Haptic-integrated Clinical Pronunciation Research and Teaching
Thursday, August 30, 2012
Circadian rhythm and haptic-integrated teaching
Class getting you down? Generally no energy, motivation and enthusiasm at that time of day, even with your chai latte? Rather than moving to another time . . . you might try just moving!
Clip art: Clker
Clip art: Clker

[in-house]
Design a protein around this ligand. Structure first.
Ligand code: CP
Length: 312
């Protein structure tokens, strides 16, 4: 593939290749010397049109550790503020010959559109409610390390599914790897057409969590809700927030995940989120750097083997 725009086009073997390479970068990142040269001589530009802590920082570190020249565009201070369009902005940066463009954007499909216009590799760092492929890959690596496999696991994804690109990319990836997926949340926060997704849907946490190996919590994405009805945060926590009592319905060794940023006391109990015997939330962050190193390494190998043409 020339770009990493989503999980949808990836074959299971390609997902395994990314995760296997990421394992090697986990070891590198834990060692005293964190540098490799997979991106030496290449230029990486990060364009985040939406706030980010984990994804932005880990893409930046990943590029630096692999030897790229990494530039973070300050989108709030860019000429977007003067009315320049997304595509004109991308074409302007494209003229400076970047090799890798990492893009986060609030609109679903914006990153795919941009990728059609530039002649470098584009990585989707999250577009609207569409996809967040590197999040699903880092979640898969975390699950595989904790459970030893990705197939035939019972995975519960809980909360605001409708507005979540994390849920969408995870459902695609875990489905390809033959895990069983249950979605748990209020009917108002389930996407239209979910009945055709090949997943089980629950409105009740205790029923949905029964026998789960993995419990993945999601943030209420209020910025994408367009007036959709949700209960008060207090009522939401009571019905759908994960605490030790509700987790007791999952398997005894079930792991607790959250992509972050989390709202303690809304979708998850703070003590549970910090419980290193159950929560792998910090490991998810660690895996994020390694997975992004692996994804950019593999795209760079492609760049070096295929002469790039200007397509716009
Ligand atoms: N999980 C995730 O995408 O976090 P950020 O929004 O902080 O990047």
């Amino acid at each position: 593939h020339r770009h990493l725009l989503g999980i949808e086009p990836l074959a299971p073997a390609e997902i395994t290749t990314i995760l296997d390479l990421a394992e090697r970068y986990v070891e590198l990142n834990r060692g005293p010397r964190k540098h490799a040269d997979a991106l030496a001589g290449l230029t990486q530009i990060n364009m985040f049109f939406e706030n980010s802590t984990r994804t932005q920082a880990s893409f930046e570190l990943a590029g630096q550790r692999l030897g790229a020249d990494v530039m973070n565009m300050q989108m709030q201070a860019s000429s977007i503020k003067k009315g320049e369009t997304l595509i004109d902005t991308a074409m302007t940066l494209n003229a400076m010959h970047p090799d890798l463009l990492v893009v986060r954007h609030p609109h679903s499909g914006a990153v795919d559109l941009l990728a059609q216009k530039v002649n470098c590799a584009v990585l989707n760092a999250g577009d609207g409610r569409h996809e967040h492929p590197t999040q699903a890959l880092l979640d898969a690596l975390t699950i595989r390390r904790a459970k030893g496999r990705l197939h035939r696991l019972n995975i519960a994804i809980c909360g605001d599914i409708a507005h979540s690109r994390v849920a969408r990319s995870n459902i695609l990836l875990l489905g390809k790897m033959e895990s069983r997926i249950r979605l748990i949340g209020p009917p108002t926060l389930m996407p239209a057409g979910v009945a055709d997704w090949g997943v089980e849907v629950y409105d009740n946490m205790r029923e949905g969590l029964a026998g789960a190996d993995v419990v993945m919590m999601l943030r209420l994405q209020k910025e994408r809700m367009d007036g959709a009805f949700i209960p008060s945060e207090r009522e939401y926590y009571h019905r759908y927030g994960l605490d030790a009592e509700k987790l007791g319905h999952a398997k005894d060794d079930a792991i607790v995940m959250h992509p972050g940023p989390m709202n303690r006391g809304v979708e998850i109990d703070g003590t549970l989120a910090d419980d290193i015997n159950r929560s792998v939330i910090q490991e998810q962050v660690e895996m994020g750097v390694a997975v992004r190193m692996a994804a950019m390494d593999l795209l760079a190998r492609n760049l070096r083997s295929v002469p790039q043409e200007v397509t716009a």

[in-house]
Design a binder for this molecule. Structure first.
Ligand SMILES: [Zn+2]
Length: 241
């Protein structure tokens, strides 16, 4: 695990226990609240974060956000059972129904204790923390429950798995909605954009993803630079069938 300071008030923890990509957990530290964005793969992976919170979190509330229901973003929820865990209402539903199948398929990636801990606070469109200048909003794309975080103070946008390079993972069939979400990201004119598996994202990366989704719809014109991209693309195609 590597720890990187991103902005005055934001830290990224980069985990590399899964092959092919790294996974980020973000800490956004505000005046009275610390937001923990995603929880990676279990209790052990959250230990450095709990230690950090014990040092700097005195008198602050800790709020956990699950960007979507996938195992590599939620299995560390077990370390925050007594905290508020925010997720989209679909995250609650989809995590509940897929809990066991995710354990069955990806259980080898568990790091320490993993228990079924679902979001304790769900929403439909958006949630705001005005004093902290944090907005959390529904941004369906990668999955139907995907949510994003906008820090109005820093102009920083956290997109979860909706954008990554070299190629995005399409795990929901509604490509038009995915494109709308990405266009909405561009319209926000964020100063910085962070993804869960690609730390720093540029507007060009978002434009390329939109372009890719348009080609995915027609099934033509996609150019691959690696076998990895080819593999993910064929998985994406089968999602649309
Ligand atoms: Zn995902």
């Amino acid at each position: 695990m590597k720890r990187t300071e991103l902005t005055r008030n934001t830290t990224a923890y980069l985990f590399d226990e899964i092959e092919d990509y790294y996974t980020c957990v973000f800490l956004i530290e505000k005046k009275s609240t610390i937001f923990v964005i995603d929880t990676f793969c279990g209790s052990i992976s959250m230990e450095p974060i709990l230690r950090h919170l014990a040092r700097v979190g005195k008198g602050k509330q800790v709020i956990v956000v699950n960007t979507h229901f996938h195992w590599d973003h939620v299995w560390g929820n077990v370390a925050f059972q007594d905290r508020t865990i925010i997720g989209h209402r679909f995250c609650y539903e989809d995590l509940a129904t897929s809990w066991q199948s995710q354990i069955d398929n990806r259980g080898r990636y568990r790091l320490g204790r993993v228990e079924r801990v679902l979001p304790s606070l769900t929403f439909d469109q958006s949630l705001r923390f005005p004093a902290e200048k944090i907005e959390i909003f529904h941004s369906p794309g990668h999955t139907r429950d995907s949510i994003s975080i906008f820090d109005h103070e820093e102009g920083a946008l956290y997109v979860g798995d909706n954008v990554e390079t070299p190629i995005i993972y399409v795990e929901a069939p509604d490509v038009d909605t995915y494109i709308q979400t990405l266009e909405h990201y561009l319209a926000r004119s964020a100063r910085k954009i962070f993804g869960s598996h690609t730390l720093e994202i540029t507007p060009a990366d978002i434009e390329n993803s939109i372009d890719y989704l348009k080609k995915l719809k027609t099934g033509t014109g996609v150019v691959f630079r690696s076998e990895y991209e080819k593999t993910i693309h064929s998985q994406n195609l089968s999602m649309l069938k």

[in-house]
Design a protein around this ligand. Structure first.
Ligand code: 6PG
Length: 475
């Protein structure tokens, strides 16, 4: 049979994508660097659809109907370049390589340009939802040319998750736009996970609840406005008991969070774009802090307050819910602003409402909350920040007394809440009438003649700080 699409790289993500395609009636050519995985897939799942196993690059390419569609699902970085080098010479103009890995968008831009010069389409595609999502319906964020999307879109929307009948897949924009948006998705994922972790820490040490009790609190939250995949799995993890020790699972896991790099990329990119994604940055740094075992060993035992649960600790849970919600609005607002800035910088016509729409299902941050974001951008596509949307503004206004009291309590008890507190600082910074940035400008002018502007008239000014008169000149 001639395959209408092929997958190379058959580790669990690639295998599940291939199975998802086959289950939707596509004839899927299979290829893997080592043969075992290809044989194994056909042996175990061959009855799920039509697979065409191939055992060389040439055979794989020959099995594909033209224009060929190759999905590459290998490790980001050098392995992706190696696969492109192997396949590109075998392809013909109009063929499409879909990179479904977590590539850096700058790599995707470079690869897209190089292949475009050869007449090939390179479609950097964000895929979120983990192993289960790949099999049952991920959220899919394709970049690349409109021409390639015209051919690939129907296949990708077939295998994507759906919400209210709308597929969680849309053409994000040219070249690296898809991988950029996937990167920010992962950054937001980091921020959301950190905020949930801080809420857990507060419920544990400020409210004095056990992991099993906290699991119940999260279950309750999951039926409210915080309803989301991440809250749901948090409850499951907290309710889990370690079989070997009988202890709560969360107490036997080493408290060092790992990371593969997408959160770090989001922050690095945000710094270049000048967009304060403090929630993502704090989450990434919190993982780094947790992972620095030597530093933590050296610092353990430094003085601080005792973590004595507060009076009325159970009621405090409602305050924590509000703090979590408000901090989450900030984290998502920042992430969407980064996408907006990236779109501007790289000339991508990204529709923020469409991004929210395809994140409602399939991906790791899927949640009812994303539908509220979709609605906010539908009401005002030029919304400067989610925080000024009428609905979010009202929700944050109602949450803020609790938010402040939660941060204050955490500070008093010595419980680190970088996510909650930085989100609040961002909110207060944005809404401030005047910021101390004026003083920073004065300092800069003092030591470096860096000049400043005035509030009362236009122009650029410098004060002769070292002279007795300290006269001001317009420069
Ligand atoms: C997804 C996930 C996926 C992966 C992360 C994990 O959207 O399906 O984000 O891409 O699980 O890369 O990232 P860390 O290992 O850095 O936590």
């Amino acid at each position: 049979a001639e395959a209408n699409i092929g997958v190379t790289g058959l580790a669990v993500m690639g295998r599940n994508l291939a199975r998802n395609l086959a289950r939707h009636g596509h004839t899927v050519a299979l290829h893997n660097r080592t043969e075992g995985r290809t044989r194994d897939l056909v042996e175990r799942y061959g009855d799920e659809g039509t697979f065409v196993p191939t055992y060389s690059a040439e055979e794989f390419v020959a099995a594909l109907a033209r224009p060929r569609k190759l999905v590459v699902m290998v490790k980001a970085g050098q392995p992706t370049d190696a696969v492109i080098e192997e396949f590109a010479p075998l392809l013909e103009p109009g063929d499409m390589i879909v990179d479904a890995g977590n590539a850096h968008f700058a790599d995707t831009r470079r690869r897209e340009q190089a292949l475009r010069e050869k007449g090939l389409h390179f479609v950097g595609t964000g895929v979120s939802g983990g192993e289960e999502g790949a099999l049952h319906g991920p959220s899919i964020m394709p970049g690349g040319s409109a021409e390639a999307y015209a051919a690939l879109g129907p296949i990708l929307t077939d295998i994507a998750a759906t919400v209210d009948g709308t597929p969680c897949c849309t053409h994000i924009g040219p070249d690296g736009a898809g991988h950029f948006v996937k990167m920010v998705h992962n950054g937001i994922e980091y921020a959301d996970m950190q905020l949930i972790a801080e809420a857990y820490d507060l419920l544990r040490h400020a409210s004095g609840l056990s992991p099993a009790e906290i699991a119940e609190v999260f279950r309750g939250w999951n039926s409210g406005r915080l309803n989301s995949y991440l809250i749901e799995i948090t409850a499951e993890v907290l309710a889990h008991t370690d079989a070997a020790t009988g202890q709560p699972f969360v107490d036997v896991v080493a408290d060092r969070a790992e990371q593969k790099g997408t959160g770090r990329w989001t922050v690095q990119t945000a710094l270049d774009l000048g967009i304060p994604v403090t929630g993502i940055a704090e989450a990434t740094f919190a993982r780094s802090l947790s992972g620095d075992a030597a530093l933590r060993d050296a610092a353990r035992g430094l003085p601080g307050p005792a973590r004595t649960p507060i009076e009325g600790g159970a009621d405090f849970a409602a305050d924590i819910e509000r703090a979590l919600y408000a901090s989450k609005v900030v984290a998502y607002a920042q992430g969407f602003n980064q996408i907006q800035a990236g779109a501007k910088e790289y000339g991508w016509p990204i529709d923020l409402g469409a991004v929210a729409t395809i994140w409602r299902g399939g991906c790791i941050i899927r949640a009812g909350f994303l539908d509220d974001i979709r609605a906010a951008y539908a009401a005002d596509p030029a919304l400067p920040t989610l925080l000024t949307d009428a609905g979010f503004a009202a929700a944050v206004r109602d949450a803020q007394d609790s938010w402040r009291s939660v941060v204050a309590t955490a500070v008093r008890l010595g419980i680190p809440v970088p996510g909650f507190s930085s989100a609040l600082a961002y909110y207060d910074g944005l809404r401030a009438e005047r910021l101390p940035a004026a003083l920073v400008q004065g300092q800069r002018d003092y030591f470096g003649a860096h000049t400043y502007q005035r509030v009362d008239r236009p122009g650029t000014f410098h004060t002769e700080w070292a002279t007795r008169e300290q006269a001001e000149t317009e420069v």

If you could choose any time of day to teach your speaking-listening class, when would that be? When would you generally prefer not to? I learned decades ago that between about 1 p.m. and 4 p.m. is not a good time for me to sit through a lecture or meeting--unless I have a very active role in what is happening. My "circadian rhythm" pattern is very predictable. If you haven't plotted yours before, go to this BBC quick test to see a graphic representation of yours. It even comes with some suggestions on how to cope with it, like coffee, the right food, exercise, a quick nap, etc. To that list we could add: haptic engagement, both for instructor and student. "Simply" anchoring key "academic word list" vocabulary carefully in a reading/writing class serves to energize well, keeping those at the nadir of their circadian rhythm cycle in the game. (We have proposed a workshop on precisely that topic at the 2013 TESOL conference in Dallas. If it is accepted, I'm going to ask that that it occur right after lunch in a hot, noisy, jam-packed room full of uncomfortable desks and chairs--and/or maybe right after one of the more mind-numbing plenaries! You can always get the body to join the party, beginning with a gentle warm up and interspersing various kinds of haptic anchoring as appropriate. Start there and normally the brain comes on line not long after. If not, consider going into administration or writing teachers' manuals . . .